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Saturday 11th July 2020

Harry and Meghan step back: What does it mean for the couple and the royal family?

Royal fans have many questions

The Duke and Duchess of Sussex announced yesterday that they are stepping down from their senior roles in the royal family.

In a statement shared to their Instagram account, the couple revealed they intend to work to become "financially independent".

But the news has left royal fans with many questions: Where will they live? How will it all work? What will they do?

The couple are stepping away from their senior royal roles (Credit:

Where will they live?

The couple said in their statement that they will be dividing their time between the UK and North America.

Meghan and Harry have been living in Frogmore Cottage, owned by the Queen, in Windsor.

They will continue living there for the part of the year they are in the UK.

The other part of the year, they'll be spending their time in Meghan's native America - most likely in Canada, where they recently spent six weeks over Christmas.

The couple's statement said: "This geographic balance will enable us to raise our son with an appreciation for the royal tradition into which he was born, while also providing our family with the space to focus on the next chapter."

What will they do and which duties will they still be doing?

Even though the couple said they intend to step back from royal duties, they will still "continue to collaborate with Her Majesty The Queen, The Prince of Wales, The Duke of Cambridge and all relevant parties".

According to their new website, Meghan and Harry will continue to "reflect their sense of duty and allegiance to The Monarch and her legacy in the world".

They will support the Queen by "continuing her efforts to draw special attention to these groups as patrons of multiple organisations", which include the Invictus Games Foundation, Royal Marines and the National Theatre.

It's unsure where Archie will be schooled (Credit:

Meghan and Harry will continue their work in the Commonwealth by meeting "with young leaders to hear their insights and propel their vision for lasting change".

They will also continue their charitable work to support the community.

The couple have flagged three areas of interest - the environment's well-being, societal well-being including mental health, combating the HIV crisis, the armed forces and sport for social development and the empowerment of women and girls.

Will they keep their royal titles?

There's been much speculation over whether the couple will keep their royal titles.

It's not clear yet whether Meghan and Harry will lose their titles when they step back from their roles.

BBC's Royal expert Ms Campbell said on BBC News: "We don’t know, we will have to wait for them to clarify. I can’t be absolutely 100 percent because this is a shock, this is a surprise."

Read more: 'Complicated issues' behind The Duke and Duchess of Sussex's exit from the royal family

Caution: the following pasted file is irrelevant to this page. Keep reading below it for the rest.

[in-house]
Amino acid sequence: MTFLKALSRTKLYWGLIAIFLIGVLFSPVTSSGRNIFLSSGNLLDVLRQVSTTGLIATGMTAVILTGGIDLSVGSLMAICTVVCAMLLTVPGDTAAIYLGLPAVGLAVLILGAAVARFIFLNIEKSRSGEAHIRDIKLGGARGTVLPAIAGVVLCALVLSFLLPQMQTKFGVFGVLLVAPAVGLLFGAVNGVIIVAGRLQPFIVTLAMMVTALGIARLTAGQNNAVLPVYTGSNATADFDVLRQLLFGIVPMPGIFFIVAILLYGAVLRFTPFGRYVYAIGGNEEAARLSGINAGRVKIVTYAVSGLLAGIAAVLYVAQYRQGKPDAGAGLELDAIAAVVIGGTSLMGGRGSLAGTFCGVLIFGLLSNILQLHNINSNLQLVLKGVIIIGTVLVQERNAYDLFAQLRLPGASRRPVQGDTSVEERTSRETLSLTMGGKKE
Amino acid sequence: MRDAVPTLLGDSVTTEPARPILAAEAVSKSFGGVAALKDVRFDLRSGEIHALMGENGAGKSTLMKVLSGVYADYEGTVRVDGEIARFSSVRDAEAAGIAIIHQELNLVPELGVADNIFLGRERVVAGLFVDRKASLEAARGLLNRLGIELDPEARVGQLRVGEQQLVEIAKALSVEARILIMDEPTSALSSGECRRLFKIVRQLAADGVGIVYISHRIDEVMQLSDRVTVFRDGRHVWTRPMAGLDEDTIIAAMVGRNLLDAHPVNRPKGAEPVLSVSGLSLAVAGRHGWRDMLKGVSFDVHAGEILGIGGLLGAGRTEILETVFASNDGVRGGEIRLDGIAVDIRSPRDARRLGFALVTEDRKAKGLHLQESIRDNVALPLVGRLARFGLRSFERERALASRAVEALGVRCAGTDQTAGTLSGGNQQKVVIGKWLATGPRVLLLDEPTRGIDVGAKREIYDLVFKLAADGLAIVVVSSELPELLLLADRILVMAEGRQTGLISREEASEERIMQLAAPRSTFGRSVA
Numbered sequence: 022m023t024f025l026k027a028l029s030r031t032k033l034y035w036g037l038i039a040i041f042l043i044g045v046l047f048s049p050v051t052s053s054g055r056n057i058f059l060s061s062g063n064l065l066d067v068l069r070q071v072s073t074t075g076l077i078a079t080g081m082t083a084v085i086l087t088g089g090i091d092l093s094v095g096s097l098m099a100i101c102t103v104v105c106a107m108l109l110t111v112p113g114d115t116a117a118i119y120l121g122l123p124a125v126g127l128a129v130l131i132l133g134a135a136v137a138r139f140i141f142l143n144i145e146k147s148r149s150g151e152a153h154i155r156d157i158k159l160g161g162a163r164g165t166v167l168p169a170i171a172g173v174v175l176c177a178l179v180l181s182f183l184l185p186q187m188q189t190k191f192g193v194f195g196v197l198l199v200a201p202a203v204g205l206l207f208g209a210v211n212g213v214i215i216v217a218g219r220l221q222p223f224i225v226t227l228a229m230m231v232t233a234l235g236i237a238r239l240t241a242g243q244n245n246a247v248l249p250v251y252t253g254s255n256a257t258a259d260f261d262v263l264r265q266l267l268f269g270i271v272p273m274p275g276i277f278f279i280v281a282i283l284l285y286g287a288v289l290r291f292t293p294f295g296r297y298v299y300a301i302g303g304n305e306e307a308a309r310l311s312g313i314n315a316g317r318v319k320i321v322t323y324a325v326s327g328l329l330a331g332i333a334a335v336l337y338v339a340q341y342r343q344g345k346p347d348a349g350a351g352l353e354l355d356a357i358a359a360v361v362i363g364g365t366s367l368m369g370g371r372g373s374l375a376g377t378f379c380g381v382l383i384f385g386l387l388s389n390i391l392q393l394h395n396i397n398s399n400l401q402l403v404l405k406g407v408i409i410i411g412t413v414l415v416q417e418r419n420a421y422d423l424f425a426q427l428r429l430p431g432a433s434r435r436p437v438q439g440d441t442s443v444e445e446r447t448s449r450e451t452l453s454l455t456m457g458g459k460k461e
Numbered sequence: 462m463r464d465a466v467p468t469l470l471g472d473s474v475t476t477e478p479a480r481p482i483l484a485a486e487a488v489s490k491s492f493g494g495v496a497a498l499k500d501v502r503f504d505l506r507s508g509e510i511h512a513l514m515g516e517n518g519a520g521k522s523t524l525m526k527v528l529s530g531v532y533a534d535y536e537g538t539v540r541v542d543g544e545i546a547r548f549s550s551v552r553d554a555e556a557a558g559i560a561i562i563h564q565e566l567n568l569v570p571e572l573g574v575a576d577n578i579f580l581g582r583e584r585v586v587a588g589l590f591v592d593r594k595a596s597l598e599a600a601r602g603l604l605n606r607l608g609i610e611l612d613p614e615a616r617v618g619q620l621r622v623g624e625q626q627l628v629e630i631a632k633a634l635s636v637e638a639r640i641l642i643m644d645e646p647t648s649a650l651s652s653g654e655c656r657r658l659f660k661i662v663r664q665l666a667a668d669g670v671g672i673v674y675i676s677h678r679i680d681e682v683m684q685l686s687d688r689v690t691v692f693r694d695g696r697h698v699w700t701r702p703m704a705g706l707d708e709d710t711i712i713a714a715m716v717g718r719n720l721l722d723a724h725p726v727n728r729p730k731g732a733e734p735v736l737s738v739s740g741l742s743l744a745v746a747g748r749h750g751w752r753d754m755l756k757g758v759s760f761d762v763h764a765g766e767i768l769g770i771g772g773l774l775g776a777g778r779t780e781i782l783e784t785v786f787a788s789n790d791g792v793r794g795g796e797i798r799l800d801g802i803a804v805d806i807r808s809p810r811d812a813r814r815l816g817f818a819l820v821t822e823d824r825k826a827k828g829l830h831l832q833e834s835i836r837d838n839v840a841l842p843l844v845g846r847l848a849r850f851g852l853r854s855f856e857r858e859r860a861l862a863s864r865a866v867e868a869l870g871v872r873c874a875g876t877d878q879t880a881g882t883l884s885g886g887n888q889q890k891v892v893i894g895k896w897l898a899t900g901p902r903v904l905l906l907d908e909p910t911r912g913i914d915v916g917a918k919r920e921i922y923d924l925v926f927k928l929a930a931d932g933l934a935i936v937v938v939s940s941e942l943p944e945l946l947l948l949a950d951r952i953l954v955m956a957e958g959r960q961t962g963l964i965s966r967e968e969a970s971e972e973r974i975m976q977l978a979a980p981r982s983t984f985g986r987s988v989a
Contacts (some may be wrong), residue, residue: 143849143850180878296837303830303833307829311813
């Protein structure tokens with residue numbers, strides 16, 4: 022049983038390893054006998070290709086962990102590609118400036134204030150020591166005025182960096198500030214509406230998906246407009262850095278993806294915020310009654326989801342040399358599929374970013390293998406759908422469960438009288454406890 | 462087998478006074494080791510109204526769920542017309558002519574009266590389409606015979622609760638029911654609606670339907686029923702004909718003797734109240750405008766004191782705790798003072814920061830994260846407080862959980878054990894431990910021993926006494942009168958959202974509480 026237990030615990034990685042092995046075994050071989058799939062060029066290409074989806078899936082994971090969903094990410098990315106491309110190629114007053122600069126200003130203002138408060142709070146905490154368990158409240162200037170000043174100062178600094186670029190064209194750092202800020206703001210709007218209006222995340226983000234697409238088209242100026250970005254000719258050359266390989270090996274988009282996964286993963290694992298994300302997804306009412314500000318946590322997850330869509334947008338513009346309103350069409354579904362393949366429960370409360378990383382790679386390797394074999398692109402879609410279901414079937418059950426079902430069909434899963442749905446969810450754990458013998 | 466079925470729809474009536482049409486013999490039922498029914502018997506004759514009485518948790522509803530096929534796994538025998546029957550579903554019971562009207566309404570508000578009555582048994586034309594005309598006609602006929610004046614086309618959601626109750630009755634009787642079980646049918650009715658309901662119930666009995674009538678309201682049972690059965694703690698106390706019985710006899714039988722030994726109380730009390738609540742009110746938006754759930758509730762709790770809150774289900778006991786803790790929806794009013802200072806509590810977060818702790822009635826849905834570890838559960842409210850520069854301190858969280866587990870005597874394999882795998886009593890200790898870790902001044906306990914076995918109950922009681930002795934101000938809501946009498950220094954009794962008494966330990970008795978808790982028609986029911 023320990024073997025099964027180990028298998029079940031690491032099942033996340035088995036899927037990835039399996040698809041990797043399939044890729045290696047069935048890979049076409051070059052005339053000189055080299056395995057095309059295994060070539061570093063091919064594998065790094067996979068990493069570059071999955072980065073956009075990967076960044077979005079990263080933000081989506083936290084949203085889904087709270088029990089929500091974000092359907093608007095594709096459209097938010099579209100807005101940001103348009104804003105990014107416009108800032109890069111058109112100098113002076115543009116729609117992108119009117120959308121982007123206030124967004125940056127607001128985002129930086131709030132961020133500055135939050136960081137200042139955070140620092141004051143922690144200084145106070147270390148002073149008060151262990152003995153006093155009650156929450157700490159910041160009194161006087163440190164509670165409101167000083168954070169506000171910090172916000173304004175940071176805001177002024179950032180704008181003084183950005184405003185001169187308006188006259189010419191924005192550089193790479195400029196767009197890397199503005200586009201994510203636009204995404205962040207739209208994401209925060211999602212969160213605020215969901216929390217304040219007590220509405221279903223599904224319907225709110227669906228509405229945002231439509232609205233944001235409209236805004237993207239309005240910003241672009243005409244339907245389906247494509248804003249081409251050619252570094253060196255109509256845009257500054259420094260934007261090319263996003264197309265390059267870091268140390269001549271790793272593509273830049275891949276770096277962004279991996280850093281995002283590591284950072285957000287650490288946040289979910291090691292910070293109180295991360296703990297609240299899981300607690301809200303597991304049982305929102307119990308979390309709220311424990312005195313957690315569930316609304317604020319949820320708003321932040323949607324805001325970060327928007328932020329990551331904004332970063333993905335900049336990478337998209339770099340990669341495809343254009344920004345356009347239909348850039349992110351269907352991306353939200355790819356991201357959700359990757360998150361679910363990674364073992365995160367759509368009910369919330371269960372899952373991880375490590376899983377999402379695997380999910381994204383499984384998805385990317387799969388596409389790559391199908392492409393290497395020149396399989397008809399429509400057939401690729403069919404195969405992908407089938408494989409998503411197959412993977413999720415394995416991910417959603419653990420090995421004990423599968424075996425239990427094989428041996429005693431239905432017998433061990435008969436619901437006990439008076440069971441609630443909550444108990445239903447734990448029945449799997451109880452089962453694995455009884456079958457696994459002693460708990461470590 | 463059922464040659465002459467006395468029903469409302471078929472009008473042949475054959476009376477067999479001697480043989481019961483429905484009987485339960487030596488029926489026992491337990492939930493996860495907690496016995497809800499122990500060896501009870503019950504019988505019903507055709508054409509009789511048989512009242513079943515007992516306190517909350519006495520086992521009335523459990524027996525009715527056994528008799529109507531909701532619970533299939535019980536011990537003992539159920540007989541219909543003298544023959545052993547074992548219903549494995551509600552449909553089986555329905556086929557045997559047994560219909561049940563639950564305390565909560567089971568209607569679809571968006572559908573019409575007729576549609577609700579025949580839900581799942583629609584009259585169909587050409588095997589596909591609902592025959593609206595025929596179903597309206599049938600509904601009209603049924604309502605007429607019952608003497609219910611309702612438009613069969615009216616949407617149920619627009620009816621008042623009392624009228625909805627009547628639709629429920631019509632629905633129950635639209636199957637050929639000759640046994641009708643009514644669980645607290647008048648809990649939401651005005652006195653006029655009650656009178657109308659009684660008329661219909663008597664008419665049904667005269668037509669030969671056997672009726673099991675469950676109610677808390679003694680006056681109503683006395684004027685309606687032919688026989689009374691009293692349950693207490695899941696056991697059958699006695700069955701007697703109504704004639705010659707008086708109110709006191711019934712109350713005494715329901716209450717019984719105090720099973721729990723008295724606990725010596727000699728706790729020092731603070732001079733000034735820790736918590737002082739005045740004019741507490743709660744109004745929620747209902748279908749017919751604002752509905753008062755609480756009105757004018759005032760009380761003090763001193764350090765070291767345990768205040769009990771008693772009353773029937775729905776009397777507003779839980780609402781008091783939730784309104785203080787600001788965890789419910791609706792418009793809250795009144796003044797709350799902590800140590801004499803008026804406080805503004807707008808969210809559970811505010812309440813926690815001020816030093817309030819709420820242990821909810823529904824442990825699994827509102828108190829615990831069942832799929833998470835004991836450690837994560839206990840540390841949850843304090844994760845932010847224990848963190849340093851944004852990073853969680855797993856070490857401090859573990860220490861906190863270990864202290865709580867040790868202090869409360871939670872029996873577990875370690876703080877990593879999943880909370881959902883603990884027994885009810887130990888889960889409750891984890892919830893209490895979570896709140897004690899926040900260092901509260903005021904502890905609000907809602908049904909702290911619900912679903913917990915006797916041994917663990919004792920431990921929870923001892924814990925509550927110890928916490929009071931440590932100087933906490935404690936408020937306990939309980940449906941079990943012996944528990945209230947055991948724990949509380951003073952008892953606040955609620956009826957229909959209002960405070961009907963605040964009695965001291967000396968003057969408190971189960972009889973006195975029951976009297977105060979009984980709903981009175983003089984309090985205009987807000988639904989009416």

Read more: Meghan's dad Thomas Markle breaks silence on news her and Harry will step away from royal family

Read more: Piers Morgan accuses Meghan Markle of 'splitting' Prince Harry from his family

Read more: Meghan to return to acting after quitting the royal family?

What's in store for their son Archie? Where will he go to school?

Many fans are wondering what Meghan and Harry's decision will mean for their son Archie? Will he become a Canadian citizen? Where will he go to school?

The couple confirmed they will be "balancing" their time between the UK and North America.

According to royal protocol, Archie - like his dad - is a fully-fledged British citizen so it's unlikely he will become a Canadian citizen.

They are classified as internationally protected people which mandates this level of security.

As for school, it's been suggested Archie may attend a private school or even a public school in Canada if they decide to settle in the country.

In Canada, schooling starts at age six so there's still a few years before the couple decide where to send their son.

Or, the couple could choose to keep their son schooled in the UK and he may attend the same private schools as his dad.

The couple will be "balancing" their time between the UK and North America (Credit:

Will they still receive funding through Sovereign Grant?

The couple - who have an estimated combined net worth of £34 million - have been receiving funding through the Sovereign Grant, which is given to royals to perform their duties.

This will no longer happen.

It's been reported that the couple will step away from the royal family with an estimated £5.5 million a year in Royal funds and they said they will work to become "financially independent".

On their website, the couple detailed that travel arrangements in their private time will continue to be paid for privately and not by UK taxpayers just like it always has been.

All their official overseas visits will be paid for by the Sovereign Grant as they are in support of the Queen's Government's objectives.

The couple's security will also be funded because they are "classified as internationally protected people which mandates this level of security".

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